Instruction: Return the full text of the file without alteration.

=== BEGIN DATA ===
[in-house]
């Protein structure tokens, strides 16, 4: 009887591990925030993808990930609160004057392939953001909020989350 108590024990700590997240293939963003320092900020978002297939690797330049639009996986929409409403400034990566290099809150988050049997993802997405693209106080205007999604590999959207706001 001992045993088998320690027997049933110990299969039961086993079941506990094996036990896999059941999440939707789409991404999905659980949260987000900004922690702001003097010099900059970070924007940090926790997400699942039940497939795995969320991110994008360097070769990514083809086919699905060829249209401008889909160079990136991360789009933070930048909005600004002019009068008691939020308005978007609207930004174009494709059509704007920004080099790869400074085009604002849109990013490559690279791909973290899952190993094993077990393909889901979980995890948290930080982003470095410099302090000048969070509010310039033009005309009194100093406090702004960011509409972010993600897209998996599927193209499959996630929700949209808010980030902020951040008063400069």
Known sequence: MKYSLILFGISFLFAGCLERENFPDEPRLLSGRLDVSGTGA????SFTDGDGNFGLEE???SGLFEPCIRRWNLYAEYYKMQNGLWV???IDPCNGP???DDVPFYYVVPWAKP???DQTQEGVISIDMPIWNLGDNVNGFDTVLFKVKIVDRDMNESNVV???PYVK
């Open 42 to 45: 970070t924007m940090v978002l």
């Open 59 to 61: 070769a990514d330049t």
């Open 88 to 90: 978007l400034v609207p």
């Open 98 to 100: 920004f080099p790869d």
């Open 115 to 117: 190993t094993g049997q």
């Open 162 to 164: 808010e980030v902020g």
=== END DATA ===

[in-house]
């Protein structure tokens, strides 16, 4: 009887591990925030993808990930609160004057392939953001909020989350 108590024990700590997240293939963003320092900020978002297939690797330049639009996986929409409403400034990566290099809150988050049997993802997405693209106080205007999604590999959207706001 001992045993088998320690027997049933110990299969039961086993079941506990094996036990896999059941999440939707789409991404999905659980949260987000900004922690702001003097010099900059970070924007940090926790997400699942039940497939795995969320991110994008360097070769990514083809086919699905060829249209401008889909160079990136991360789009933070930048909005600004002019009068008691939020308005978007609207930004174009494709059509704007920004080099790869400074085009604002849109990013490559690279791909973290899952190993094993077990393909889901979980995890948290930080982003470095410099302090000048969070509010310039033009005309009194100093406090702004960011509409972010993600897209998996599927193209499959996630929700949209808010980030902020951040008063400069």
Known sequence: MKYSLILFGISFLFAGCLERENFPDEPRLLSGRLDVSGTGA????SFTDGDGNFGLEE???SGLFEPCIRRWNLYAEYYKMQNGLWV???IDPCNGP???DDVPFYYVVPWAKP???DQTQEGVISIDMPIWNLGDNVNGFDTVLFKVKIVDRDMNESNVV???PYVK
């Open 42 to 45: 970070t924007m940090v978002l």
């Open 59 to 61: 070769a990514d330049t």
């Open 88 to 90: 978007l400034v609207p």
């Open 98 to 100: 920004f080099p790869d």
């Open 115 to 117: 190993t094993g049997q």
């Open 162 to 164: 808010e980030v902020g």